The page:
By Mary Grabar
"Who are you kidding?" I wanted to get up and ask the English professor who was giving a talk at the South Atlantic Modern Language Association convention in November. He was analyzing a graphic novel, the spaces between panels, the line widths of the panels, the lettering inside the "speech bubbles."
Maybe he was trying to keep his job in a field that by job postings indicates increasing irrelevance. Students are leaving English departments in droves. "This is a profession that is losing its will to live," proclaimed William Deresiewicz, former English professor himself, in 2008 in the pages of the Nation, no less.
It's been a death by slow suicide. The reference to "spaces" coming from the podium was the same kind of self-abusive parsing, I had seen applied by deconstructionists in the 1990s when I was a graduate student. The depressed patient, failing to see any worth in his work, had leveled the greatest works to "texts." Reading between the lines of "text" has evolved into reading the gaps between panels: "Lots of stuff happens in that silent space," said the professor.
The other English professors and graduate students in the audience nodded in complicit agreement, knowing that to acknowledge his intellectual nakedness would reveal their own. Or maybe they've really convinced themselves they're clothed in real scholarship.
I've pretty much given up on obtaining a tenure-track position; the remaining traditional professors I sought out in the early nineties have since either retired or died. Writing a thesis on Paradise Lost and a dissertation on Walker Percy did not prepare me for positions that advertise specialties in analyzing nine (yes, nine) genders or "visual rhetoric." But since SAMLA had come to me in Atlanta I thought I'd see what was going on. I learned that students can now study their lessons in race, class, and gender with the assistance of pictures.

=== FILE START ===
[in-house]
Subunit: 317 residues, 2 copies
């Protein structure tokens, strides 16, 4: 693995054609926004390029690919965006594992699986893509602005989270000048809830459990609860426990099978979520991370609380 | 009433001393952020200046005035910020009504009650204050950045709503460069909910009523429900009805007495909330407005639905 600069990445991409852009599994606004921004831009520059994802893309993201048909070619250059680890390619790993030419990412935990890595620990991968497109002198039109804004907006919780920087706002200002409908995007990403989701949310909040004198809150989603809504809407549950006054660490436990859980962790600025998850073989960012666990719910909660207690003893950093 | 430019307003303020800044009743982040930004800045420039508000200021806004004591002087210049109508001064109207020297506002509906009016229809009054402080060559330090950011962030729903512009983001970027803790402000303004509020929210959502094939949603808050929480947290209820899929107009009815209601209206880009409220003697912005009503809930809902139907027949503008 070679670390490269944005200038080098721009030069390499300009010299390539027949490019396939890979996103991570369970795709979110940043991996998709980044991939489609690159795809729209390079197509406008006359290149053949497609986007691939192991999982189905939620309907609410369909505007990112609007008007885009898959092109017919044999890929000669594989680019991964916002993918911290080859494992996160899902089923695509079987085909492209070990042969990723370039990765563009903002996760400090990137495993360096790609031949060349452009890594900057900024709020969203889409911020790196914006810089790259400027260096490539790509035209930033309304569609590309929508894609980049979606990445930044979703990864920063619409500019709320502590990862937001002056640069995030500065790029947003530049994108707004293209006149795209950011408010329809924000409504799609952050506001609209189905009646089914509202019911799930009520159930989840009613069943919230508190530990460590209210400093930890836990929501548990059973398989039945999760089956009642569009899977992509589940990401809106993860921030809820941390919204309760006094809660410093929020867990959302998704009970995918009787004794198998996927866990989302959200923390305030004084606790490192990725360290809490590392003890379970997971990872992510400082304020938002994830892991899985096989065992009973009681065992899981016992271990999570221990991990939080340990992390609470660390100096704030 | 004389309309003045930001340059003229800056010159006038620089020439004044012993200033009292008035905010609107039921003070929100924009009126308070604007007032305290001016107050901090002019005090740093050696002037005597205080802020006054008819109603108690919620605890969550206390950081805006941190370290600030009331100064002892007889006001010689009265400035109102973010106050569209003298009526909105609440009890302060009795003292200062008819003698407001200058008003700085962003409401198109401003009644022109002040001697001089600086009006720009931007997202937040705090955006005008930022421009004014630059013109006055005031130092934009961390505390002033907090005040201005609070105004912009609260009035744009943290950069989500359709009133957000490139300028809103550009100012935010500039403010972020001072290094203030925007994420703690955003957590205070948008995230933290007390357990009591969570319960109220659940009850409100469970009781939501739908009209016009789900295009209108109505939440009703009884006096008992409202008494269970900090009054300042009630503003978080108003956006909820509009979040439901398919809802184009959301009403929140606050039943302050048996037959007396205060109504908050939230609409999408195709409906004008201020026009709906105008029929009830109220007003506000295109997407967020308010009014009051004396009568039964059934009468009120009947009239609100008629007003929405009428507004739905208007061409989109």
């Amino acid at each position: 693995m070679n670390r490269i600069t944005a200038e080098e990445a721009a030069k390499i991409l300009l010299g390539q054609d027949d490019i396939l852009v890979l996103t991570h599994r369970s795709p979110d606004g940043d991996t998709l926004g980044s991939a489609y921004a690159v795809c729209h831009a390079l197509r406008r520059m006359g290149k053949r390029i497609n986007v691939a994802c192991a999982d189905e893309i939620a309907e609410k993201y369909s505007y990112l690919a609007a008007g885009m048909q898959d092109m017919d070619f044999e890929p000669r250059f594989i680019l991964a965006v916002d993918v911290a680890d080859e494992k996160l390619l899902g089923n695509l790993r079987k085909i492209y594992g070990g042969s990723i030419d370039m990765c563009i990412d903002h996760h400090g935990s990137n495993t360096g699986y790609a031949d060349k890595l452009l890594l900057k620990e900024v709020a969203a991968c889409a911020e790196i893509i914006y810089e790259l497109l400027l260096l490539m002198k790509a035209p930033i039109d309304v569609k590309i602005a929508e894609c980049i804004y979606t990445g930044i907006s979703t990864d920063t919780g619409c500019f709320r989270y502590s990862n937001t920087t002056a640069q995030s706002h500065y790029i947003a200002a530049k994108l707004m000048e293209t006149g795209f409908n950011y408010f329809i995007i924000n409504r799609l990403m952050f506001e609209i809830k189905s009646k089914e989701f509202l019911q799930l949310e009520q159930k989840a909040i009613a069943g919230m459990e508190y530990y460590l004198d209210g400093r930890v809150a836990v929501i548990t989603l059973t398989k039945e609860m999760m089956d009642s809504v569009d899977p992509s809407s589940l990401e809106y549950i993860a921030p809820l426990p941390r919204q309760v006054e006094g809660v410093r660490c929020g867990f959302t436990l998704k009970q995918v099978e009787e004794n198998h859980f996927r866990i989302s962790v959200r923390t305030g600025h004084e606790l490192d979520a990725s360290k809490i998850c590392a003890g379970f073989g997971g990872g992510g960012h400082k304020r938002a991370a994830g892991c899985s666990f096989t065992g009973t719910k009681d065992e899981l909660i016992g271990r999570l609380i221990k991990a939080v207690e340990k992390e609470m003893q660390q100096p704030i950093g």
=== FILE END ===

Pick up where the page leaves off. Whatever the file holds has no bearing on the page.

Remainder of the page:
Graphic novels, those ugly things which now enjoy a special section in college libraries, are to be added to almost any syllabus in a high school or college English class, I learned.
This is how far we've come since the 1990s when bitter young men and hysterical women scrutinized "texts" and condemned them as purveyors of imperialism.
The bitter young men read between the lines, hacked away at "texts," dismissed authorial intention, scrutinized biases, and purged the canon of any male author (or female) who upheld Western notions of meaning.
The young men acted out their neuroses in a Harold Bloom-ian manner with a vengeance, striving to achieve recognition by killing off the literary fathers: Chaucer, Shakespeare, Milton, Faulkner, Hemingway, Steinbeck. Now they can't even get their students to read their own books unless they're accompanied by pictures.
But even worse were the "maternalists" who attacked "masculinist thinking" and "phallic logic" (bell hooks).
Displaying typical liberal blindness, Deresiewicz in his Nation column claimed that English departments were moribund and dying because "no major theoretical school has emerged in the eighteen years since Judith Butler's Gender Trouble revolutionized gender studies."
No, actually the gender studies theorists were the ones to put the final stake through writing, while viciously accusing it of "phallologocentrism." They accused writing itself of following the trajectory of male sexual response in its "linear" goal-seeking of meaning. Grammar, logic, and universal meaning promoted the male, imperialist goal of subjugation. Writing, like male sexuality, was inherently rapacious.